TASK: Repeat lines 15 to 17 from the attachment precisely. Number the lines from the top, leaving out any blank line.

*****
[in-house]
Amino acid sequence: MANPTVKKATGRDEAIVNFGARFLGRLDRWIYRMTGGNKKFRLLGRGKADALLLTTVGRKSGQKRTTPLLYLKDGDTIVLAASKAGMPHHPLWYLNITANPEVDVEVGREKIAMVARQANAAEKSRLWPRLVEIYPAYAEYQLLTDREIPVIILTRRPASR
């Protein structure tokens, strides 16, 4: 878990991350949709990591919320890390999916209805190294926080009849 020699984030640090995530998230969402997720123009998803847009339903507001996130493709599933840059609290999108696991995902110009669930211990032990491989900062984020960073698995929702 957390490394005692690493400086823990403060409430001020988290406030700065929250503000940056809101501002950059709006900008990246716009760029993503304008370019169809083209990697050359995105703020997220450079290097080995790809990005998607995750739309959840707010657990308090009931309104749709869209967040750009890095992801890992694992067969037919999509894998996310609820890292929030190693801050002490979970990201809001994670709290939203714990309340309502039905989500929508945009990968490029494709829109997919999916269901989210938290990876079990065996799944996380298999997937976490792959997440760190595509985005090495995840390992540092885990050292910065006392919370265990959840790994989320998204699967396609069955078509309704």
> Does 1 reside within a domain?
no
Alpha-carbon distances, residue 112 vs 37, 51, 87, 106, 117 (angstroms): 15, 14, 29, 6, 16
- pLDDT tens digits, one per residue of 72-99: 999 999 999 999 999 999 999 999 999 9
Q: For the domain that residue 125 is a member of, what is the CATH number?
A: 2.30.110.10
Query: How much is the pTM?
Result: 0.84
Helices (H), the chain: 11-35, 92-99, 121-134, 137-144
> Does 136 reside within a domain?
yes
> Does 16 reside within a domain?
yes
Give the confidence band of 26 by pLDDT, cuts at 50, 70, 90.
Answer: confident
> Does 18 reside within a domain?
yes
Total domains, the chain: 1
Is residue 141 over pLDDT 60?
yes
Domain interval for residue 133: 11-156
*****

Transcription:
> Does 16 reside within a domain?
yes
Give the confidence band of 26 by pLDDT, cuts at 50, 70, 90.